Outtakes: On Movies (Isabelle Huppert)by Galen Williams
I don’t know of a serious American actress who would take such enormous risks on screen as calmly cutting her vagina with a razor blade so her blood drips into the white bathtub; incestuously ripping away her mother’s nightgown rasping, “I see your hairs!”; or giving a blowjob to a man she imperiously commands not to touch himself to finish it off, adding, “Now you can put it away…hard.” But as he turns away angrily to stuff it back, she says, “Non! Face à moi!”
This is French star Isabelle Huppert in The Piano Teacher, for which she won “Best Actress” in Cannes (the only actor to have won twice) for her portrayal of a highly repressed, greatly talented, profoundly perverted attractive woman in her 40s.
Who would take such risks in Hollywood? Certainly not paltry Gwyneth Paltrow, who in Possession can barely reach 25 watts as compared with her English co-star, glowing, womanly Jennifer Ehle. Meryl Streep has shown vast range and risk in films such as Ironweed and Sophie’s Choice, but she has not taken on perverts. Isabelle Huppert is fearless. She swaggers into a porn booth, brazenly staring down the same-faced men while waiting her turn. As she watches the film, she picks up and sniffs the discarded tissues from prior viewers, closing her eyes in ecstasy. She stalks drive-in movies to find couples making love squats beside the car and pees in rapture. In The Piano Teacher, she barely moves a facial muscle or allows an emotion into her eyes, but when she does, it’s like the shoot-out in High Noon. No one is more subtle in portraying hidden depth-charges. During this film, my stomach was so tense that I could not eat for hours, even with the help of French red wine.
Michael Haneke, the Belgian director of The Piano Teacher, waited 15 years to get Huppert. He wouldn’t make it without her. He had seen her in The Lacemaker (1977), in which she plays a repressed and victimized woman who says little and for which she was nominated for a César Award. The following year she made Violette Nozière with Claude Chabrol directing and won her first “Best Acress” award at Cannes at the age of 23. She went on to work in 62 films with some of the top French directors, including Godard, Tavernier, Blier, and five more with Chabrol.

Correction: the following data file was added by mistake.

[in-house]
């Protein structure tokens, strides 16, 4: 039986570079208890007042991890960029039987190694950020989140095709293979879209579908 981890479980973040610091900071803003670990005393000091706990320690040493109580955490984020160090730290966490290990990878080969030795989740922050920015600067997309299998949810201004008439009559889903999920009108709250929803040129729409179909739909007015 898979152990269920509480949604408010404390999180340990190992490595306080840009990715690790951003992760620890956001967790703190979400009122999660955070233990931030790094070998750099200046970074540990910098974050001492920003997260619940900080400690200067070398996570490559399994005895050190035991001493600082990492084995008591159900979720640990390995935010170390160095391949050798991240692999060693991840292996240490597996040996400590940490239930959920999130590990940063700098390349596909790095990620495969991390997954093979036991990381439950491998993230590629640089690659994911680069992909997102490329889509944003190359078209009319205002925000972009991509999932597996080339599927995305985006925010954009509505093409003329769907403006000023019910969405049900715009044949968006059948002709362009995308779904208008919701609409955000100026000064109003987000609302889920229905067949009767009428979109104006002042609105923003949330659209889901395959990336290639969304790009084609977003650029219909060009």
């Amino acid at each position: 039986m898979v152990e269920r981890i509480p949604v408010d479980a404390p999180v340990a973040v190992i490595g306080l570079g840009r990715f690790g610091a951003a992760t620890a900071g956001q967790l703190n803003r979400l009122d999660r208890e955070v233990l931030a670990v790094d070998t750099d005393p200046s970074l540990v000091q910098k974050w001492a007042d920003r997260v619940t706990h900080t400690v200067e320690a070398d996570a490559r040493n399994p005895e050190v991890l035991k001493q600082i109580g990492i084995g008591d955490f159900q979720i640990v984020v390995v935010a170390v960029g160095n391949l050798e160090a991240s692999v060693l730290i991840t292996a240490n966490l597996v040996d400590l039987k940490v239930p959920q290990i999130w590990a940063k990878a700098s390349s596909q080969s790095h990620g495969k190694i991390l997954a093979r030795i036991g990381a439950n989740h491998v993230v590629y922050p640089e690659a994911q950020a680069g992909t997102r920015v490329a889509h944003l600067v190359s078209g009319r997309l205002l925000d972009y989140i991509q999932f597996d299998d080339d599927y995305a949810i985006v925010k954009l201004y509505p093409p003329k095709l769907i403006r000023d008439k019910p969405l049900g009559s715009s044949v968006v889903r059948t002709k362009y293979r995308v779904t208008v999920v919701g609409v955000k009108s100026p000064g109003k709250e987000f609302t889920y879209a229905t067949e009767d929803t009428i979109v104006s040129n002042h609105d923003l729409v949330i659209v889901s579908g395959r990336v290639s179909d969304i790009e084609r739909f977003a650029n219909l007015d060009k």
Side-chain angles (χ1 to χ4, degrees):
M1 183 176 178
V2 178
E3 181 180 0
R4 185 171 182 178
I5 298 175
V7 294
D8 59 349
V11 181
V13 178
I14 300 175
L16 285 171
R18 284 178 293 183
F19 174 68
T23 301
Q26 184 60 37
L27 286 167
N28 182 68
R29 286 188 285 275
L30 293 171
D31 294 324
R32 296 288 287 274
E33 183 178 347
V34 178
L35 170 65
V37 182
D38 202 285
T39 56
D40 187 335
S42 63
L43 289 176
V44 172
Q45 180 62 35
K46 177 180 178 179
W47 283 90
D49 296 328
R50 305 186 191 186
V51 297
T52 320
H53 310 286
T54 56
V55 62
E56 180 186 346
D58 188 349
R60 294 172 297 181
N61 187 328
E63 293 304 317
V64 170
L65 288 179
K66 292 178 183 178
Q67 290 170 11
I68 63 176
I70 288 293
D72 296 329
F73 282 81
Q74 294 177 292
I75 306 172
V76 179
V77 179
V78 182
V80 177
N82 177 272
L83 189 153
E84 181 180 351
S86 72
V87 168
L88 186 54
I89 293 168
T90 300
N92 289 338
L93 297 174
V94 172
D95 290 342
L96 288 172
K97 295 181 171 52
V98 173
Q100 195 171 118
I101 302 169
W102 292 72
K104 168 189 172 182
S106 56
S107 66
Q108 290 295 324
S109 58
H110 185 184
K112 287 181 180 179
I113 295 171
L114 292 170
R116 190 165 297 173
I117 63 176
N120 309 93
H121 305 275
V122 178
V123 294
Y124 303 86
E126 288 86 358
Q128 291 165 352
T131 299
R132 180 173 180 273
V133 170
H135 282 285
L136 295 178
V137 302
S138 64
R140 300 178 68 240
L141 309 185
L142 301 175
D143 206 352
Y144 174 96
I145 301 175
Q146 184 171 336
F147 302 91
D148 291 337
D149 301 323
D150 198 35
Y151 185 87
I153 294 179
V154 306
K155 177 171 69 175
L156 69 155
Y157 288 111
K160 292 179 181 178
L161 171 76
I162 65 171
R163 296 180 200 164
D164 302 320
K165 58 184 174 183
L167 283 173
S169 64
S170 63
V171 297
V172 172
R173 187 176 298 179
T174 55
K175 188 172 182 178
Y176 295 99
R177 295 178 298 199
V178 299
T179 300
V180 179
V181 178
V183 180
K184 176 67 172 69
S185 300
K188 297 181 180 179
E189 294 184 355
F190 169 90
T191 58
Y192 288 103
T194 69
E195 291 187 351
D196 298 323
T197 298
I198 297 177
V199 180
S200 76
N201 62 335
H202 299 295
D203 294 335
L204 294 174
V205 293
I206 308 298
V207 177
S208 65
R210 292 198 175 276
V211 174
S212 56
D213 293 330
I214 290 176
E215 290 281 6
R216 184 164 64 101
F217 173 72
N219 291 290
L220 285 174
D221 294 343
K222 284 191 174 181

Michael Haneke takes his own risks. He keeps long, uncut shots holding the camera in one place. In the blowjob scene, for several minutes we see only Benoit Magimel’s face and chest as he registers complex emotions, which won him the Cannes “Best Actor” award. In the rape scene, we see only Huppert’s face as Magimel beats and brutalizes her in partial revenge, partial pleasure, for at least five minutes. The film opens with a shot from above of hands playing the piano for an entire movement of a Beethoven Sonata. Huppert, by the way, plays piano herself, having had intense lessons to prepare her for the role. She would not accept a stand-in.
The Piano Teacher is about the limits of dominance and control as explored through sadism and masochism. Erika (Huppert’s character) wants her sexual games with her student to bring her to the point where she, through controlling him, is able to lose control of herself, an experience she has never had. Music as well becomes a sexual tool and when he plays his five-minute audition, again there is an uninterrupted shot of Huppert’s face, her eyes registering both her falling in love and her anger in doing so. She had only five minutes to film this scene because she had to catch a plane to be with her three children. But a retake was never needed.
Isabelle Huppert said in an interview, “In life we are all the time ourselves, as well as postures of ourselves. You are an actress even when you are not.” She also said, “Once you decide to do a character, the rest of the work is very technical. That is how I can do these difficult scenes. I see it only as a job I have to do as well as I possibly can.”
In Merci pour le Chocolat (2002), the newest film by Chabrol, Huppert, playing a less intense but more lethal character, can deliver a look that as Coleridge once wrote, “thicks man’s blood with cold.” When her second murder goes awry and she is psychologically stripped down, she sits demurely on a sofa and tears begin to well up in her otherwise expressionless face. And well up and well up for the entire length of the credits. She barely blinks and Chabrol’s camera never moves off her face.
At a screening in the 2000 Hamptons Film Festival, I saw her in Pas de Scandale by Benoit Jacquot. Although she is shown nude taking a shower, she is far more sexy striding fully dressed into a room in an unbelted trench coat, or swinging a leg provocatively while perched on a chair. After the screening, she strode up the aisle right next to me, only five feet tall, with finely chiseled features, and a very freckled, very vulnerable face.
GALEN WILLIAMS ran the Poetry Center of the 92nd Street YM-YWHA in the 1960s.